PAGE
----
- Establishing a forbearance agreement. A forbearance agreement is an agreement between you and your lender that allows you to pause your mortgage payments for three to six months. During this time, your lender is prohibited from going power of sale or foreclosing your home or beginning the foreclosure auction process; however, you must make all the payments you missed once the grace period is over. This option can be a helpful tool for homeowners experiencing short-term temporary financial difficulties.
- Modifying the terms of your loan. A loan modification decreases the size of your monthly mortgage payments while simultaneously extending your repayment term. While this approach may require some negotiations with your lender, it is a great option for homeowners experiencing long-term financial difficulties.
- Refinancing your mortgage. If you have been keeping up with your mortgage payments and have a good credit score, but anticipate that you may soon be facing financial difficulties, refinancing your mortgage may be a good option for you. By refinancing your mortgage, you are essentially replacing your old loan with a new loan. This new loan may have different terms, lower interest rates, and/or a longer term than your previous mortgage agreement.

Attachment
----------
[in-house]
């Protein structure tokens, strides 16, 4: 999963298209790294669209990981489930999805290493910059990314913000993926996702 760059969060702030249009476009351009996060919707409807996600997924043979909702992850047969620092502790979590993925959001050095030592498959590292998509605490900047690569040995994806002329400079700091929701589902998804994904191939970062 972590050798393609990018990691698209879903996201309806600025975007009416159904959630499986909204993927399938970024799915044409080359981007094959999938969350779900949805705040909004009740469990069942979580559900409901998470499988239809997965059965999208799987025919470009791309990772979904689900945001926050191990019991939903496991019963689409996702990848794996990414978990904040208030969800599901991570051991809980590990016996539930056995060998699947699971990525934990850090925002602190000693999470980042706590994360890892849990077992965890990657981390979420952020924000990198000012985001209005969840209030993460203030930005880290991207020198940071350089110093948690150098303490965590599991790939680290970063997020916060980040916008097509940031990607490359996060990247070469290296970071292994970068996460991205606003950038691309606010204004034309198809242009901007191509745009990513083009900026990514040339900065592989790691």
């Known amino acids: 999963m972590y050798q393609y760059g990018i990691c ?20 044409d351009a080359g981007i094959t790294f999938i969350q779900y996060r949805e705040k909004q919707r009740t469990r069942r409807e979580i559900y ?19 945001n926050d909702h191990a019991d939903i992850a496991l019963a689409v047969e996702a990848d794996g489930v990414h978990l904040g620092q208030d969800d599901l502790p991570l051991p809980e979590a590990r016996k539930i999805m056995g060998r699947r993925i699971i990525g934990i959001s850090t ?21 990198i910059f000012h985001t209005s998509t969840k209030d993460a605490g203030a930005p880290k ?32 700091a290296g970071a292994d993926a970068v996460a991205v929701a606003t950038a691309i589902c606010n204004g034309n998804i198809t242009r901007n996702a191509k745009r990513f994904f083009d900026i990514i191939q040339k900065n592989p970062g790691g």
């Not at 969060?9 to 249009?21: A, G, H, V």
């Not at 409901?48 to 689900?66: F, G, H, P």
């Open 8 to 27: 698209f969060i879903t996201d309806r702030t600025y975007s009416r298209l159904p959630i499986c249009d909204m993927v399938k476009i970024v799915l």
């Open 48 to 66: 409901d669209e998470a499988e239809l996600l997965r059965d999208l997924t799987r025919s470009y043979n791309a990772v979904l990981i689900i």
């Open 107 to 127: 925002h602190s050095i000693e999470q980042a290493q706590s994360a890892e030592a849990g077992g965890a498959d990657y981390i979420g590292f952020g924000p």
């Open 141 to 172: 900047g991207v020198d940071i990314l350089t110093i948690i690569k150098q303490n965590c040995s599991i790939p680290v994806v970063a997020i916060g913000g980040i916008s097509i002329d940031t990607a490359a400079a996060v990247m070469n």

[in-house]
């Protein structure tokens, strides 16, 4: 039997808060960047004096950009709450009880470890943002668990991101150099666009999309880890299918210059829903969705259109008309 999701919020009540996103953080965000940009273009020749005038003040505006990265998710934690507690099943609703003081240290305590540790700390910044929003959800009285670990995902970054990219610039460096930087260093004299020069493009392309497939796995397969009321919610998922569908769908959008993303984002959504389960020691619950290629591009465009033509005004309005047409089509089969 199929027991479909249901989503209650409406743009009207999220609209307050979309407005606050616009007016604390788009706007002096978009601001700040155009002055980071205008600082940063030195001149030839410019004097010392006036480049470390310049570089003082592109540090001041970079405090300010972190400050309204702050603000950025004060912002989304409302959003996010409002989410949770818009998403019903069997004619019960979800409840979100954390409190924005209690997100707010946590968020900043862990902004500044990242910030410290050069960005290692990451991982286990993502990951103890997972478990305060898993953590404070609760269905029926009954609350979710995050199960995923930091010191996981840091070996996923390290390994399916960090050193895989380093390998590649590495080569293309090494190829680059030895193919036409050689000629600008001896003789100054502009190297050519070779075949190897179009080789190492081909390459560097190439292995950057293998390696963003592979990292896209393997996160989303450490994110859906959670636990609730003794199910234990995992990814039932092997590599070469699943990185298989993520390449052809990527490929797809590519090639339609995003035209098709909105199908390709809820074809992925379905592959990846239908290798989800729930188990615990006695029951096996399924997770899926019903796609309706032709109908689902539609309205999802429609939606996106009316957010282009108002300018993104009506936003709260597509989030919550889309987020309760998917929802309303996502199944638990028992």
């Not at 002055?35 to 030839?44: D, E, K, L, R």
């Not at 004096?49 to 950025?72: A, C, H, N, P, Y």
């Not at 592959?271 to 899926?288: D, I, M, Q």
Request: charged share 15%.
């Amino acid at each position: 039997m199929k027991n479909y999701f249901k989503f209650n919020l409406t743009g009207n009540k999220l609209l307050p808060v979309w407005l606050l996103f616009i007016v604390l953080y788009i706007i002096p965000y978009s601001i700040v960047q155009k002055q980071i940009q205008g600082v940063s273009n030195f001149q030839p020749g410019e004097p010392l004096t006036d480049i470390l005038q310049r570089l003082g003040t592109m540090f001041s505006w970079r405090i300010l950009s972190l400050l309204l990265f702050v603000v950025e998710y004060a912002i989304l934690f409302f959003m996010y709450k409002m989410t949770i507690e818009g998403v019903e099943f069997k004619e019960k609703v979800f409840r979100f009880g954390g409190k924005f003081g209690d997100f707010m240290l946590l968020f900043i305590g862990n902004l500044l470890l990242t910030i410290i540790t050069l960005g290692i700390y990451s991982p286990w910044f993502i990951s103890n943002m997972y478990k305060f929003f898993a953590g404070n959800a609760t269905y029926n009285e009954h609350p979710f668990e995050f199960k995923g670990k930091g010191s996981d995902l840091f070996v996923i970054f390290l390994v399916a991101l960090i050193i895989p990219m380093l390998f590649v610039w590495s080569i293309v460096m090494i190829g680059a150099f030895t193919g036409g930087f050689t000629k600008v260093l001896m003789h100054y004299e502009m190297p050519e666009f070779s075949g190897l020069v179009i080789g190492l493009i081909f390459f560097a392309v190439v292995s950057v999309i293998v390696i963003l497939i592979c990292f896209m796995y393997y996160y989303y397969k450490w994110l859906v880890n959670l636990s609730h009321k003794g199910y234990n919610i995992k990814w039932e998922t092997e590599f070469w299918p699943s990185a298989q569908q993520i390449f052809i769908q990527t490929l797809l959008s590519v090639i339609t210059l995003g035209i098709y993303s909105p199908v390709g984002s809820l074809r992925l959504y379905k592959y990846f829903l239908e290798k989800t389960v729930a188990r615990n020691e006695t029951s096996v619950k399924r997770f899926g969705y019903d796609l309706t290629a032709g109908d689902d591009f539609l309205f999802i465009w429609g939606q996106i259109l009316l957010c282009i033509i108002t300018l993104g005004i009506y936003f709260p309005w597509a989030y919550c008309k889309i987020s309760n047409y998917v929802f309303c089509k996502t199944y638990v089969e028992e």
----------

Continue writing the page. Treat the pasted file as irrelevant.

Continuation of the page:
- Getting a second mortgage or home equity loan. A small 2nd mortgage or home equity loan can help provide you with the temporary extra cash that you need to keep your mortgage and finances in good standing. If you are not nearing your mortgage renewal term, this can be a great option that you may be able to payoff once your current mortgage term finishes by refinancing your home into one larger 1st mortgage. The extra amount can be used to pay off your second mortgage.
Looking for a personalized home financing plan? We can help with that! Contact Clover Mortgage today to schedule a free consultation with one of our professional mortgage brokers.
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What really happens if you default on a mortgage?